PURPOSE: To identify preferred burnout interventions within a resident physician population, utilizing the Nominal Group Technique. The results will be used to design a discrete choice experiment study to inform the development of resident burnout prevention programs. METHODS: Three resident focus groups met (10-14 participants/group) to prioritize a list of 23 factors for burnout prevention programs. The Nominal Group Technique consisted of three steps: an individual, confidential ranking of the 23 factors by importance from 1 to 23, a group discussion of each attribute, including a group review of the rankings, and an opportunity to alter the original ranking across participants. RESULTS: The total number of residents (36) were a representative sample of specialty, year of residency, and sex. There was strong agreement about the most highly rated attributes which grouped naturally into themes of autonomy, meaning, competency and relatedness. There was also disagreement on several of the attributes that is likely due to the differences in residency specialty and subsequently rotation requirements. CONCLUSION: This study identified the need to address multiple organizational factors that may lead to physician burnout. There is a clear need for complex interventions that target systemic and program level factors rather than focus on individual interventions. These results may help residency program directors understand the specific attributes of a burnout prevention program valued by residents. Aligning burnout interventions with resident preferences could improve the efficacy of burnout prevention programs by improving adoption of, and satisfaction with, these programs. Physician burnout is a work-related syndrome characterized by emotional exhaustion, depersonalization, and a sense of reduced personal accomplishment [1]. Burnout is present in epidemic proportions and was estimated to occur in over 50 percent of practicing physicians and in up to 89 percent of resident physicians pre-COVID 19. The burnout epidemic is growing; a recent national survey of US physicians reported an 8.9 percent increase in burnout between 2011 and 2014 [2]. Rates of physician burnout have also increased [3] during the COVID-19 pandemic with a new classification of "pandemic burnout" experienced by over 52 percent of healthcare workers as early as June of 2020 [4]. Physician burnout can lead to depression, suicidal ideation, and relationship problems that may progress to substance abuse, increased interpersonal conflicts, broken relationships, low quality of life, major depression, and suicide [5-7]. The estimated rate of physician suicide is 300-400 annually [8-10].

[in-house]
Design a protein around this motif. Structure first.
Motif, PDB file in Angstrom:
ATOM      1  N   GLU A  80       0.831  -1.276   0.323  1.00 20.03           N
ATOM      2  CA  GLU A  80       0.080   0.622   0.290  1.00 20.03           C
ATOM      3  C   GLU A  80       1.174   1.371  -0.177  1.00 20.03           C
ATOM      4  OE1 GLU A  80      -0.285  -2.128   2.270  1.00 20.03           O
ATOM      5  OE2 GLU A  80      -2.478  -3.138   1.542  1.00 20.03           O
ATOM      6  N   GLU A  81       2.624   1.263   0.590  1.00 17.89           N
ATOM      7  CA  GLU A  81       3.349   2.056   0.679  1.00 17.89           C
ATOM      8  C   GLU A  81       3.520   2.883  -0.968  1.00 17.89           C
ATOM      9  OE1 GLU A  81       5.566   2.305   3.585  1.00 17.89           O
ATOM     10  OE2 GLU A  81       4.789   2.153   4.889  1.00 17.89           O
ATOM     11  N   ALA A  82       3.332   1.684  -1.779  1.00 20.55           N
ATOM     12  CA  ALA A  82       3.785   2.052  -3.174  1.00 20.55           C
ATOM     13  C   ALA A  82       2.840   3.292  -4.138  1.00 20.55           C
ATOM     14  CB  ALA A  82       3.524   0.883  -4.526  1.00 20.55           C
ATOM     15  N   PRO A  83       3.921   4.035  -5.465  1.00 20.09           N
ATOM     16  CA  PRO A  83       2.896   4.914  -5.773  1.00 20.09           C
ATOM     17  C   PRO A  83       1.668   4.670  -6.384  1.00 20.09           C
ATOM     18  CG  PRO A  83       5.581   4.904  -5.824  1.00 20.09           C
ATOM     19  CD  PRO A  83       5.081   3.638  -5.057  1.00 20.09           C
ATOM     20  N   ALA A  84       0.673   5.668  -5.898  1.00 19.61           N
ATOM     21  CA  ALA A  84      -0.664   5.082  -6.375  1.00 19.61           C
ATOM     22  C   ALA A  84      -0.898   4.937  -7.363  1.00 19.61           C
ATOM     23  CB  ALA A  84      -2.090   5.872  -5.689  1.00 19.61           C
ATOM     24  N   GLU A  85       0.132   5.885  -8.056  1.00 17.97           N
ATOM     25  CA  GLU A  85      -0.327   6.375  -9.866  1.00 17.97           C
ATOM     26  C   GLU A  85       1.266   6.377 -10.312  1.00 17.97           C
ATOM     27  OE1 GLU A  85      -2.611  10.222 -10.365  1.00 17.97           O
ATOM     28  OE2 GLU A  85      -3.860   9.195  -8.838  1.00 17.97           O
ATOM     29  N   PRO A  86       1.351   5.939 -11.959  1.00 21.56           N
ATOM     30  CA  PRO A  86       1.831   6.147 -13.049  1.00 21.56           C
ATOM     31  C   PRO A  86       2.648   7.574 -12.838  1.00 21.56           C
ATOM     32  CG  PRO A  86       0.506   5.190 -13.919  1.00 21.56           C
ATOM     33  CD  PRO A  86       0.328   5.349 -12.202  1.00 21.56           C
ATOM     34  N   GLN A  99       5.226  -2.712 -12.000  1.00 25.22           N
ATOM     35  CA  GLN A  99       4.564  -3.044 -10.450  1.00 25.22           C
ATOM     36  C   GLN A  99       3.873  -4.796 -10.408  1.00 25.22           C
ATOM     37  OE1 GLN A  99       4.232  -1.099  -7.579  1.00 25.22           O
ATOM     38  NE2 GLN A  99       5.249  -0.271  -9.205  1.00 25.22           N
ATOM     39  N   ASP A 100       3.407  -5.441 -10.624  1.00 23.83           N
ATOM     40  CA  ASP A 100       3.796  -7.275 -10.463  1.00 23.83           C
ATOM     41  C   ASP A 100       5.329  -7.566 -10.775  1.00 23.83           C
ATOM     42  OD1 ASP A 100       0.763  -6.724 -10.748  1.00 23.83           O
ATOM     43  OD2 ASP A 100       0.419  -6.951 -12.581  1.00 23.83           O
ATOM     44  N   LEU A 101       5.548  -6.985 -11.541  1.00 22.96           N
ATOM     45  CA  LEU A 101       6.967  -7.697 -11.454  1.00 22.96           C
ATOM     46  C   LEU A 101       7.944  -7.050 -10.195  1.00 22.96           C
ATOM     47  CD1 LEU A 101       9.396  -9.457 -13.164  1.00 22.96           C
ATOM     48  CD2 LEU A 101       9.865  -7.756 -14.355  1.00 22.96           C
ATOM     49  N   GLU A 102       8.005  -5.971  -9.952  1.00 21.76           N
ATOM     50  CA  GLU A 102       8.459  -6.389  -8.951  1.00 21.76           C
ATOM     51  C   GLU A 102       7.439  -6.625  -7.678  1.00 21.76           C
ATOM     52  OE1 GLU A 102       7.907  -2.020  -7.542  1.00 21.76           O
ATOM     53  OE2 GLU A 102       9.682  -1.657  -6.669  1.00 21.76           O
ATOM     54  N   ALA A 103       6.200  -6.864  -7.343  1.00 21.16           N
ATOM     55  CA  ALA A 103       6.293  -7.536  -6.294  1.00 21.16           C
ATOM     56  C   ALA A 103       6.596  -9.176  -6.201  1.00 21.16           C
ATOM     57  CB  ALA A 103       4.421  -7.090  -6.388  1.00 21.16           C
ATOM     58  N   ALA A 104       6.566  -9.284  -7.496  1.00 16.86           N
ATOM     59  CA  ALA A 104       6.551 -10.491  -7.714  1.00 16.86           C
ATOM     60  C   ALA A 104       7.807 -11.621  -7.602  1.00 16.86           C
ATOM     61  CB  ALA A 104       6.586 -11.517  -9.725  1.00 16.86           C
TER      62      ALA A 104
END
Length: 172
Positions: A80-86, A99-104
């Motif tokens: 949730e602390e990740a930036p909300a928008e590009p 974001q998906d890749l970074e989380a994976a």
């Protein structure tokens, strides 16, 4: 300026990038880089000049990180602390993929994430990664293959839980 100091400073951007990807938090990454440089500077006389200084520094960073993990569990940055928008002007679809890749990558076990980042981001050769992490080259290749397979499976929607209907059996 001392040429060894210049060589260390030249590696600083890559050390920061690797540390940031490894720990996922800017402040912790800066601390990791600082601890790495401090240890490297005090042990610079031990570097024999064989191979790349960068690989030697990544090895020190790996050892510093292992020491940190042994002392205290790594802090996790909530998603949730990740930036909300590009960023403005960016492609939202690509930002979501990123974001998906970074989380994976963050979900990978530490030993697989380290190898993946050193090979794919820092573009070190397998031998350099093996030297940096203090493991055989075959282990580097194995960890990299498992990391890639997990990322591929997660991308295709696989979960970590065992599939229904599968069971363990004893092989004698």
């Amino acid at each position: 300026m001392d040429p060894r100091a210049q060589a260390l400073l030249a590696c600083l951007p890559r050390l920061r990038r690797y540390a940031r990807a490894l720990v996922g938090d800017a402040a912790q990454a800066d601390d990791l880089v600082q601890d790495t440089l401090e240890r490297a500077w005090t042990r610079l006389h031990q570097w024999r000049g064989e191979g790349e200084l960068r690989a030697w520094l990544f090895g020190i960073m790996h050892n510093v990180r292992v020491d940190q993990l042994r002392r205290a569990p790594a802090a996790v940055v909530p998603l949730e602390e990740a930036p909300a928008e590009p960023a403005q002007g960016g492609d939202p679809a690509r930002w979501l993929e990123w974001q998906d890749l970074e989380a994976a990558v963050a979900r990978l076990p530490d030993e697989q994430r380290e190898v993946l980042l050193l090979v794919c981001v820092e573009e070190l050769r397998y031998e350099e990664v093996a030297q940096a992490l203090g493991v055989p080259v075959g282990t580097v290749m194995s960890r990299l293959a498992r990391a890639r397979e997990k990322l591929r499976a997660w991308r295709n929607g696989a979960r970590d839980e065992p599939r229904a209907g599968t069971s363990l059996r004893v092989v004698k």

Subject(s)